As much as I’d like to rate the overall experience based on my perfect front seat ride, I have to take into account that 75%  of my rides were disappointments. A lot is lost when the return to the station is taken at a glacial pace.

Six Flags Mexico has a lot in common with other Six Flags properties, but certain aspects of the park are distinctly Mexican – like this bizarre halfpipe basketball challenge. The probably wouldn’t fly in the United States for one reason or another.

Six Flags Mexico is one of many Six Flags parks with a Sky Screamer ride, but one of the few that managed to avoid the plague of Larson Super Loops

The Vekoma coasters here definitely liken SFM to its Premier Parks brethren (Six Flags New England, Discovery Kingdom, Elitch Gardens, etc), but the unique Superman was ultimately Six Flag’s only Morgan Manufacturing coaster.

In fact, aside from Medusa Steel Coaster and Superman el Último Escape, Six Flags Mexico’s collection consists mostly of production model rides.

Of all the S&S towers that have peppered Six Flags properties over the years, Six Flags Mexico’s Kilauea is certainly the best looking (and the only multi-tower complex other than Cedar Point’s Power Tower to feature a rounded top).

Tsunami, a Zierer Tivoli double figure-8, was Reino Aventura’s first coaster and the first Zierer Tivoli in the Western Hemisphere when it opened in 1981.

I know what you’re thinking. “Oh! A Huss Frisbee! That’s soooo Premier Parks.”

WRONG. Premier Parks opted for the knock off version: a SBF Dance Party. The Hawaiian-themed barf machine is the only other ride in the Six Flags Chain that makes use of the trademark for “Voodoo” (spelled “Vudu” in Spanish) that was first filed for Six Flags Discovery Kingdom’s Top Spin, and later famously lead to the emergency re-branding of Dorney Park’s Possessed  coaster.

Kilauea runs the Combo Tower program on its three sides, all of which were running simultaneously. Good job Six Flag Mexico!

Here’s one I’ve never seen before: A Huss Crazy Pineapple. It looks like a miniature Huss Flipper, but the platform does not raise or lower. Kind of a boring looking ride.

Any Six Flags Discovery Kingdom fans around? You’d recognize Six Flags Mexico’s Joker as Tony Hawk’s Big Spin / Pandemonium. When the ride came to Mexico in 2013 it received a fairly elaborate theme package including a functioning funhouse as part of the ride’s queue (similarly, Medusa Steel Coaster features a repurposed tilt house at the beginning of its queue).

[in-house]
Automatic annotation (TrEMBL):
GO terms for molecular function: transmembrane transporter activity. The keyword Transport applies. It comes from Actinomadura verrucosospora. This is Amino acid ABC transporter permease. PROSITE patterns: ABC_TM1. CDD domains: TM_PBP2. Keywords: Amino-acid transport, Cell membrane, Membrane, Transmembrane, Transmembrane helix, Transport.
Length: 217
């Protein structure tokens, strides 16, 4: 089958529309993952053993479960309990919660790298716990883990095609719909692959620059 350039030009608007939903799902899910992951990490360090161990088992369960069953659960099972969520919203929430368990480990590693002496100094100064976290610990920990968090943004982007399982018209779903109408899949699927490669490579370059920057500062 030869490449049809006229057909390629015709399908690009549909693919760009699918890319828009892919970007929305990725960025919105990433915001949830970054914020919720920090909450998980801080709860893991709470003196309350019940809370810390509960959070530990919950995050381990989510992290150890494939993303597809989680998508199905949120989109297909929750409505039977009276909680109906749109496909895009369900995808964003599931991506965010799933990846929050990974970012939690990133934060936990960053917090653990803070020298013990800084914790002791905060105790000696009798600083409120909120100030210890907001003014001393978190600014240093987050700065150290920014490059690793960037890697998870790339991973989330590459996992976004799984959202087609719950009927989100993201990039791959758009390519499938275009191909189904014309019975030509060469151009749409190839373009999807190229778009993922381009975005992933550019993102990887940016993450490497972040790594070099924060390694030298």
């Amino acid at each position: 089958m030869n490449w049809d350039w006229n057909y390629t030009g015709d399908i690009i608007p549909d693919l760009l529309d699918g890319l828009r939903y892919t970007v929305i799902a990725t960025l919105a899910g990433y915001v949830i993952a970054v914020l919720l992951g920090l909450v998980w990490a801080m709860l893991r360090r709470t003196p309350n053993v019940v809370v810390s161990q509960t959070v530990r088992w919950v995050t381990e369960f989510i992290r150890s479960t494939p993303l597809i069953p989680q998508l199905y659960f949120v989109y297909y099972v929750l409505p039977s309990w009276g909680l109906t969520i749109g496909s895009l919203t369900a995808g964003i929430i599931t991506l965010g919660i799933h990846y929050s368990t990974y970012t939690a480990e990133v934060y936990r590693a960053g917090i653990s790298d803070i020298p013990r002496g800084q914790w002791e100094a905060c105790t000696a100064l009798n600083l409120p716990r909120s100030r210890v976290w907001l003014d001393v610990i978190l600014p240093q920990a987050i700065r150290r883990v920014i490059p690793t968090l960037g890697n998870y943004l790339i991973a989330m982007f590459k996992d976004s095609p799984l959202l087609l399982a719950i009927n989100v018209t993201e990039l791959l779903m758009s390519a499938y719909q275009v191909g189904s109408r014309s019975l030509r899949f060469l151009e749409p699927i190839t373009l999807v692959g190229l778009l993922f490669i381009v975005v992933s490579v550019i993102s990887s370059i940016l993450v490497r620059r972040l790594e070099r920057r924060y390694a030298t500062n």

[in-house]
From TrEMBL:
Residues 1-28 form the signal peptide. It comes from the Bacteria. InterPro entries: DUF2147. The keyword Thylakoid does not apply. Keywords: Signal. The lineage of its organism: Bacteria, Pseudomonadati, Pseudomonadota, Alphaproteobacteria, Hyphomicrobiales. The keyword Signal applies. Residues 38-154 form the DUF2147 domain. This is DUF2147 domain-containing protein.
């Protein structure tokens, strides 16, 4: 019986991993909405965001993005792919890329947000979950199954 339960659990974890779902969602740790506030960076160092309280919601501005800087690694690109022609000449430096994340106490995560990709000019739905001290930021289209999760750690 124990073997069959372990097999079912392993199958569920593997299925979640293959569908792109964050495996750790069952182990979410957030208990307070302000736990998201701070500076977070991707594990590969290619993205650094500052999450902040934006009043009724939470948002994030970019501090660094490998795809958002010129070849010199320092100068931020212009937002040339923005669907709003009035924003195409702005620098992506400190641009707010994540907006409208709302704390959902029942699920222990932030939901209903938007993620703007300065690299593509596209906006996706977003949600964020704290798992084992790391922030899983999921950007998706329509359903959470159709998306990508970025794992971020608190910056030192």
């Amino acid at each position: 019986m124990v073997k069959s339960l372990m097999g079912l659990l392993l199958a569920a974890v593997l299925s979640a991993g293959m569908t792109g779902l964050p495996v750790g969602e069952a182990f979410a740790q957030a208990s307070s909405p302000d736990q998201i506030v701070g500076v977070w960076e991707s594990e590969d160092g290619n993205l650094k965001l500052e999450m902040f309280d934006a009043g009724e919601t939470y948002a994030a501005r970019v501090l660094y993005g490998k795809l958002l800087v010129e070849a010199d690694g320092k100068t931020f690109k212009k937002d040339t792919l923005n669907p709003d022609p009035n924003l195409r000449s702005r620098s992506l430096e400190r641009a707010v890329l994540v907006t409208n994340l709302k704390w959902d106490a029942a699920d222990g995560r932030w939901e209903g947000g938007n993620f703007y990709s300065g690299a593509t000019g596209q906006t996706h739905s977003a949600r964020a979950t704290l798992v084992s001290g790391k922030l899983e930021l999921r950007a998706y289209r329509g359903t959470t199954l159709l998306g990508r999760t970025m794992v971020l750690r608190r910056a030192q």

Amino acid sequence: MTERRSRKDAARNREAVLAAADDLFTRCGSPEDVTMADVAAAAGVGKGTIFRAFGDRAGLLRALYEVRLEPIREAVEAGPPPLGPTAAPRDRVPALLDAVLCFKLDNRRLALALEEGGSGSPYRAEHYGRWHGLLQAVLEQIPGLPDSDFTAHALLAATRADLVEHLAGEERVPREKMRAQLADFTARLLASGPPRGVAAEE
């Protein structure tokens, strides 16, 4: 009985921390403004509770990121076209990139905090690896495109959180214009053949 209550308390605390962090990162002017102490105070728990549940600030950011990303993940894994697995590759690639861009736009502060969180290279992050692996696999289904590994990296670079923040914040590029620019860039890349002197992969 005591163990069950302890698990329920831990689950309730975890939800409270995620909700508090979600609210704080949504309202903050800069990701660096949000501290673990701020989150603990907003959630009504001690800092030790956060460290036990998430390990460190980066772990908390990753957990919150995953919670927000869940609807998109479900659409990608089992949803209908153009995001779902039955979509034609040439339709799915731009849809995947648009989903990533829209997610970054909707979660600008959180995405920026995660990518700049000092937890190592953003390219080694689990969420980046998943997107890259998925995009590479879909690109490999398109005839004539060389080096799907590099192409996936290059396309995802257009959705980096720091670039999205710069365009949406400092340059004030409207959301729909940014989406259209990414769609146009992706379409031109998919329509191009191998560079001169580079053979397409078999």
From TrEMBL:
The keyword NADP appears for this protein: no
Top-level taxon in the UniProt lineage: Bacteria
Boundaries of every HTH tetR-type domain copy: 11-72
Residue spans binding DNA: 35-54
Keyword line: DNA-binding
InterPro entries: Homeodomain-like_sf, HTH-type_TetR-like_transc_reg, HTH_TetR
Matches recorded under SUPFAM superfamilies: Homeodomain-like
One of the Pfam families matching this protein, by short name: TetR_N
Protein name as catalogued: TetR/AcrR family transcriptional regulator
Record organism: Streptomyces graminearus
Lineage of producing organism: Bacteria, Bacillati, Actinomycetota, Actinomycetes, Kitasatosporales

My mid-day re-rides on Superman were the first for which I actually used the ride’s entrance.  The indoor queue (and the exit shop) are located in buildings original to Reino Aventura.

Superman’s queue features a remarkably mundane depiction of the Daily Planet headquarters. A lot of care was taken to recreate the banal characteristics of corporate office life.

Located between Superman and the park’s entrance is an excellent rapids ride that resolutely drenches guests with various water features – its most notable being a series of fountains disguised as children spitting on guests (and one boy PEEING on guests; a hilarious holdover from the Rieno Aventura days that somehow escaped corporate cleansing).

Here’s a rare one for ya!

Take a gander at Huracan, the only  Vekoma Waikiki Wave SuperFlip ride in the Western Hemisphere.

A precursor to the ubiquitous Huss Top Spin, the prototype Vekoma Waikiki Wave appeared at Louisville’s Kentucky Kingdom as Quake. The non-inverting Quake was ultimately a failure due to mechanical problems, as well as a offering an exceedingly gentle experience for such an intimidating attraction.

The Waikiki Wave SuperFlip came about when the ability to lock the ride’s vehicle in place was developed, which lead to numerous thrilling programming opportunities. Huracan can flip like a Top Spin or rotate its arms independently thanks to a hinge joint on the right arm.

That big grey box behind Huracan is Dark Knight, a Mack mouse identical to the Dark Knight at Great Adventure and Great America. Intended originally for Six Flags New England, construction began before all building permits were approved. Zoning agreements were never reached and the project was rerouted to Mexico. Ironically, a similar situation plagued Superman el Último Escape, which opened 3 years after it was announced.

Hey look! The Mardi Gras parade approaches!

The colorful floats contain dancers who throw beads at guests.

Two parade dancers threw beads right to me. I felt so special!